I would like to thank Title Nine who invited me to the "Media Only" Bra FitFest for the purposes of this giveaway.  As always these are my true and honest opinions.

Join in on the conversation by leaving a comment here! You can also join in on the conversations on Chasqui Mom's FacebookInstagramPinterestGoogle+ and Twitter that is updated daily with outdoor activities and other wonderful posts and links from #OutdoorFamilies!

Confessions of a Pregnant Outdoor Mom

Pregnancy.  The Outdoors.  Being a Mom.  Can the three all mix?

If you followed me on social media over my recent pregnancy, you know I stayed active outdoors throughout my entire pregnancy. I loved all the encouragement from everyone from the social media world and people on the trail but....

Rock scrambling anyone? 20 weeks pregnant
I'm not going to lie, it was difficult at times to even get out the door.  With two kids in tow already, an ever growing pregnant belly and the fact that I just wanted to sleep, heading outdoors didn't seem as enticing.  As usual the rewards of heading outdoors, especially during pregnancy always made me better and I can honestly say I never came back saying "Well I wish I hadn't gone outdoors!".  Yet here are a few pregnancy confessions this outdoor mom would love to share with you.

NOTE: I am not a medical health professional but these are my own personal observations and suggestions based on my three HEALTHY pregnancies with the approval of my personal doctor.

Confession #1: Staying Active Outdoors ~ I Don't Want To

Before I became pregnant I was hiking, running, biking and lifting weights, but as my pregnancy progressed I slowly had to stop doing certain activities or reduce the intensity of these activities.  By the end of my pregnancy I was left with light hiking and walking but I vowed that I was going to stay active, especially in the outdoors.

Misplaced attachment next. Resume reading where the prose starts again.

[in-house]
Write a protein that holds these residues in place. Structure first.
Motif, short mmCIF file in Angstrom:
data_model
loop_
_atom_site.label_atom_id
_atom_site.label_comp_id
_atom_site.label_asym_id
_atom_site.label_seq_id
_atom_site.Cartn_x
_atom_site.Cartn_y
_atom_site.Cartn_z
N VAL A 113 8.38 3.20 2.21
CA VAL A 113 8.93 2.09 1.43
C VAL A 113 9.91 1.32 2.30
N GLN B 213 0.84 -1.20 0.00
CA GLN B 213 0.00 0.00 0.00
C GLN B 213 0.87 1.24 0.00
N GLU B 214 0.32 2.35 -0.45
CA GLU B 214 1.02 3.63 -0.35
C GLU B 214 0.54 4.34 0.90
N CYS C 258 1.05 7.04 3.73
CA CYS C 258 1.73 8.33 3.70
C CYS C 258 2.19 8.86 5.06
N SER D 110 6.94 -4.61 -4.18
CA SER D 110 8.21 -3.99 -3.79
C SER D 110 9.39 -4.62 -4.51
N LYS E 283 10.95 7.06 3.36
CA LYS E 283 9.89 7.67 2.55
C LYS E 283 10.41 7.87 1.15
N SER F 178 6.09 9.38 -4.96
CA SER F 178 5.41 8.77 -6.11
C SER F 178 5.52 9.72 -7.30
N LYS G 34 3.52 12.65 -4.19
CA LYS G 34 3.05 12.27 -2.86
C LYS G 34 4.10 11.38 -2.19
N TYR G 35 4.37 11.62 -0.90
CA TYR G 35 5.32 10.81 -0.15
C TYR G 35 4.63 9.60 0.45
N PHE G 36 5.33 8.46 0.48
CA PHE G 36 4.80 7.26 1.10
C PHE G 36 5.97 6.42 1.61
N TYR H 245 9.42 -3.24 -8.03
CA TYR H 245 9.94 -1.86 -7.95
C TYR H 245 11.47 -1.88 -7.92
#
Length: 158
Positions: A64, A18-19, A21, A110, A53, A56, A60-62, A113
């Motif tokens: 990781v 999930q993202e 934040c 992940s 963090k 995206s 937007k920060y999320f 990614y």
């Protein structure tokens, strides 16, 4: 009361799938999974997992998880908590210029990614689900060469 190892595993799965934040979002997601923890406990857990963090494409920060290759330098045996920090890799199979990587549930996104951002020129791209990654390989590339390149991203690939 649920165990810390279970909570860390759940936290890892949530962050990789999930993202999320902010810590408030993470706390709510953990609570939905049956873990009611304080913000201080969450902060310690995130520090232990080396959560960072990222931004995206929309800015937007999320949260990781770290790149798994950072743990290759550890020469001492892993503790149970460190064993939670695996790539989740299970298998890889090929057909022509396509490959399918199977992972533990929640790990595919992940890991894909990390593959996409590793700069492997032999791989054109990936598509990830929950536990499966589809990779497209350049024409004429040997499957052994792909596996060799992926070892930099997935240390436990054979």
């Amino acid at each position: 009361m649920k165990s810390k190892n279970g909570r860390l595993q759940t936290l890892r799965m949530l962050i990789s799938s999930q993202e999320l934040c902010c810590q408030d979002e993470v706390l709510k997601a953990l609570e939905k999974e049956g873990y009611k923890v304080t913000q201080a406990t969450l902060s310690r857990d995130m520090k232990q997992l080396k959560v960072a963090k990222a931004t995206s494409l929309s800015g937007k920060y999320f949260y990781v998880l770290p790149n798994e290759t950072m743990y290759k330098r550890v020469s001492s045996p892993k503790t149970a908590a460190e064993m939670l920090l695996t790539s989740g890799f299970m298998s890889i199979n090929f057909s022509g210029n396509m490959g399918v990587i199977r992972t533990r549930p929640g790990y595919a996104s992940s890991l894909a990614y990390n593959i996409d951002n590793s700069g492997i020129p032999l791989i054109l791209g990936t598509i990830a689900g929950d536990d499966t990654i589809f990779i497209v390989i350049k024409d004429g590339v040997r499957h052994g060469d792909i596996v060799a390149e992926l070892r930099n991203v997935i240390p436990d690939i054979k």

In my first trimester biking with the kids.
My confession is that once the pregnancy hormones hit the fan, I just wanted to take a nap but there was always a force driving outdoors.  Most of the time it was my kids needing to go outside so they could run around like wild animals or the fact that I needed fresh air because every smell in my house made me want to vomit.  Whatever the reason even though I just wanted to nap, staying active outdoors was one of the best things I did in this pregnancy.

I had stopped hiking around 36 weeks but I continued walking EVERY day between 1-2 miles.  For more details about hiking while pregnant, please visit my post on Backpacker Magazine, "Bun in the Oven: Pregnant Hiking".

Confession #2: The Aches and Pain ~ Everything Hurts!

Everything hurts more when you are pregnant, so when you mix an outdoor activity it is hard to admit but every little joint hurts more than normal! Plus it takes longer to recover even from short  hikes due to the "wonderful" ligament laxity that is produced during pregnancy.  Whether I stayed home or headed outdoors everything still hurt, so Tylenol was my best friend.